Nevertheless, there was one line in her post that jumped off of the page at me. It stood out not because it is new, but because it is “Exhibit A” of what is wrong with egalitarian exegesis.

5. Video: Kent Hughes talks about liberating ministry from “success syndrome”


January 15, 2014 | Posted in: AAA - BLOG UPDATE,Books,General,Midweek Roundup,Midweek Roundup,News & Announcements | Author: Matt Tully @ 8:30 am | 0 Comments »

Learning to Love in the Midst of Suffering

This guest post is from Paul Miller, best-selling author of A Praying Life. His latest book is A Loving Life: In a World of Broken Relationships (January 2014).

A Moral Collapse

Western society is in the midst of an unprecedented moral collapse. It is not just Christian moral values that are collapsing, but ancient pagan ones as well. For instance, the Roman emperor Augustus Caesar had multiple lovers, mostly arranged by his wife Olivia, so she could retain control over him, but the public face that Augustus and Olivia presented was of a happily married couple. Marriage was honored even though it wasn’t followed. Instinctively, pagans knew you needed to keep marriage front and center. In fact, when Nero blessed gay marriages the pagan revulsion was a key element of his downfall. Something new is going on in our culture that has never happened before.  It is creating moral havoc, leaving people’s lives in shambles. Let me explain.

A Theology of Feelings

A young married woman named “Sue”, a member of a strong evangelical church, told a close friend of mine recently after the church service almost as an aside, “I think I’ve outgrown my marriage.” When I heard this I had trouble suppressing the laughter. I said, “So her marriage vow ’til death do us part’ was just how she felt on the day of her wedding?”

Sue’s reflection was a perfect summary of Oprah’s theology of feelings applied to life. Feelings trumped commitment. But don’t blame Oprah. Orpah is just channeling 19th century thinkers like Emerson, Thoreau, and Whitman. “I’ve outgrown my marriage” is just another verse to Whitman’s poem “Song of MyseIf.”

Notice Sue’s choice of language. Sue used therapeutic language (the need for growth) to mask her self-will. To paraphrase her, “I’ve grown as a person. In fact, I’ve outgrown my husband, ready for a new relationship to enlarge my spirit.” Her self-deceit is breathtaking. Sue presents herself on an upward, Oprah-like trajectory of self-improvement, when in fact she is spiraling into herself, a black hole of narcissism.

It reminded me of Judas betraying Jesus with a kiss (greeting Jesus as a friend)—as if Jesus didn’t notice that Judas had 200 torch-bearing soldiers behind him, all armed to the teeth! Jesus brilliantly unmasks Judas’ self-deceit by comparing his outer presentation (the kiss) with his inner motive (betrayal). Jesus probes Judas’ soul, “Are you betraying me with a kiss?” It is a plea for integrity. So to Sue I ask, “Are you betraying your marriage vows with the language of self-improvement? Are you masking your narcissism with words of love?”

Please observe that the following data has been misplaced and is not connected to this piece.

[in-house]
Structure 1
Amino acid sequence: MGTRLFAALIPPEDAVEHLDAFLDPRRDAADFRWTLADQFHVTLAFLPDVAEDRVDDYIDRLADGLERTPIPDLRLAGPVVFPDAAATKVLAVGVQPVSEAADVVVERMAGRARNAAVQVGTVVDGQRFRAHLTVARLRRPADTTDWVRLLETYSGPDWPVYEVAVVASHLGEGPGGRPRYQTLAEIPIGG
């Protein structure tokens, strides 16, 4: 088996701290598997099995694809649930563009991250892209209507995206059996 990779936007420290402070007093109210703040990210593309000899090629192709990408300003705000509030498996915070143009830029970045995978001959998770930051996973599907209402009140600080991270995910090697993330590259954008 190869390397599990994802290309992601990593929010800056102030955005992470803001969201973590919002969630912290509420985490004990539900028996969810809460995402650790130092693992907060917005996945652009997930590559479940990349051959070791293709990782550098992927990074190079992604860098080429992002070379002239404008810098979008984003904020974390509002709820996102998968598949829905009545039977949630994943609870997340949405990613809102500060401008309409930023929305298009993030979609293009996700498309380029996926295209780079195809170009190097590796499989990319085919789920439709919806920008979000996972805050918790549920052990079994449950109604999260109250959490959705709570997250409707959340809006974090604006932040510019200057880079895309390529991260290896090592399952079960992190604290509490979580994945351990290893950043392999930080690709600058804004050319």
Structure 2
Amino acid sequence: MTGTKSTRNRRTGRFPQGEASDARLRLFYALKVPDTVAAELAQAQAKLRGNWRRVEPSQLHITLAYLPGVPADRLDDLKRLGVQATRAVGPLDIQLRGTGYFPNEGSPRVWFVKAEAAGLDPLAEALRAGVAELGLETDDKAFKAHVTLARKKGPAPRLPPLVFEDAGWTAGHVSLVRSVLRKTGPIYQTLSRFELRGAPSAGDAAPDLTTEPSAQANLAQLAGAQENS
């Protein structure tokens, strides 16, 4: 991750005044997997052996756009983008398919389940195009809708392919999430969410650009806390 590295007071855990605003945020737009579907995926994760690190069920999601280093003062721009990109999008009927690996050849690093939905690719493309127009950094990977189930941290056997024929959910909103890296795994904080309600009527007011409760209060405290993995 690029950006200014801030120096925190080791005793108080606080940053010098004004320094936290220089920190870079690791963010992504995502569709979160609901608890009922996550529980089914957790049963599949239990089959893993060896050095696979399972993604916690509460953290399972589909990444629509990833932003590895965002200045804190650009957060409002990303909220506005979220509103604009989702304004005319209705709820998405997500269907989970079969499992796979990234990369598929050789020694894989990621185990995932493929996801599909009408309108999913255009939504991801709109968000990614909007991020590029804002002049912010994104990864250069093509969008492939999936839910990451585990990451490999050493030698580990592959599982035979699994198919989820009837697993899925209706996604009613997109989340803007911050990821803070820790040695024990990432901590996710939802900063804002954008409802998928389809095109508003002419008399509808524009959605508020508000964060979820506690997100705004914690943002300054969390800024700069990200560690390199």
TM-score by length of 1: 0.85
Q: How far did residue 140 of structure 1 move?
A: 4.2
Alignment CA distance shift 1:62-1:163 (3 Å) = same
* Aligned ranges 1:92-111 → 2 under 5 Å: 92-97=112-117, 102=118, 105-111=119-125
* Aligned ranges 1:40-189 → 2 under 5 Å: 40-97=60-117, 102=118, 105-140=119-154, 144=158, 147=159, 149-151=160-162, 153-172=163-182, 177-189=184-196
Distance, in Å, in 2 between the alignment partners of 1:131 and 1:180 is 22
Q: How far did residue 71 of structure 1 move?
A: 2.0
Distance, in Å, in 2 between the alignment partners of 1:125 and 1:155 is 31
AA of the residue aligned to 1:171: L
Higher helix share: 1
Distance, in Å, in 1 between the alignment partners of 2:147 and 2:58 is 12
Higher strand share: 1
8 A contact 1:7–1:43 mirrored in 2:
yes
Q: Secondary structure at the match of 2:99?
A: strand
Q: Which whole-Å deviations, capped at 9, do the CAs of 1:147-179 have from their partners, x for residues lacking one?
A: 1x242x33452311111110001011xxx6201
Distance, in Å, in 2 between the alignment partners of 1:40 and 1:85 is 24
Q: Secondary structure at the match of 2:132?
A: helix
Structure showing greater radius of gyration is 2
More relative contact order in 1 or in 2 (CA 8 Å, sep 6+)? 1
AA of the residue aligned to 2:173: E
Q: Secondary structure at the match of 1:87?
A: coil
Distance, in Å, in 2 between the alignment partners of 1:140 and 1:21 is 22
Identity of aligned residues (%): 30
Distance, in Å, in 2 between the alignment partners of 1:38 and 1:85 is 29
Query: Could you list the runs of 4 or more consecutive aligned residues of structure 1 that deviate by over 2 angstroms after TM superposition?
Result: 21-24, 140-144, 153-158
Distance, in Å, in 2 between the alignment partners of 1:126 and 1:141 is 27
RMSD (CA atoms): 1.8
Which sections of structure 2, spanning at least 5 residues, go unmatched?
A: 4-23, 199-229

Sharing in Christ’s Sufferings

I’ve written A Loving Life to the Sue’s of this world and especially to their spouses—to the modern widows and widowers who have been discarded or found themselves trapped in an uneven or broken relationship, where they are loving without love in return. I don’t want them to just endure or grit it out, but in this hothouse of suffering to learn to love. I want Sue’s husband to learn “the fellowship of sharing in His suffering, becoming like Him in His death, to somehow attain the resurrection from the dead” (Philippians 3:11).

So instead of being cranky or even bitter Christians, harping on our culture’s moral decline or the unfairness of our life, we can become overcomers who are filled with hope because of the resurrection of Christ. God specializes in capturing evil to do his wonders.  That is what the cross and resurrection are all about!

Paul E. MillerPaul E. Miller is executive director of seeJesus as well as the best-selling author of A Praying Life, among other works. With the help of his ministry staff, Miller creates and conducts interactive discipleship seminars throughout the world. He and his wife, Jill, live in the Philadelphia area and have six children as well as a growing number of grandchildren. His latest book is A Loving Life: In a World of Broken Relationships.


The Boy and the Ocean Enhanced E-book Named on “iBooks Best of 2013″ List

Together, Max Lucado and T. Lively Flubarty have created a charming tale about the love of God that never ends. The Boy and the Ocean enhanced e-book was recently selected for inclusion on the iBooks Best of 2013 list (Nonfiction > Religion & Spirituality). To learn more about the book and to download a sample, click here.

The Boy and the Ocean enhanced e-book, available through iBooks, features a fixed layout (like The Big Picture Story Bible) that preserves the meticulously crafted page design of the original print edition. Fixed layout design offers the reader the opportunity to enjoy the words and illustrations the way the author and illustrator originally intended.

Click to enlarge

Additionally, The Boy and the Ocean enhanced e-book features a read aloud option, allowing your child to follow along with the author as he narrates, watching each word illumine as it is spoken. When the narrator finishes the text for that section, the corner of the page curls, indicating it’s time to tap to the next screen. You can also set the pages to turn automatically.

Please note: to view this book with all of the enhanced features mentioned in this post, you must be operating a device with iBooks 3 or later and iOS 4.3 OR a Mac with iBooks 1.0 or later and OS X 10.9 or later.

January 8, 2014 | Posted in: AAA - BLOG UPDATE,Book News,Books,Digital,Digital,E-Books,General,News & Announcements,Uncategorized | Author: Matt Tully @ 8:30 am | 0 Comments »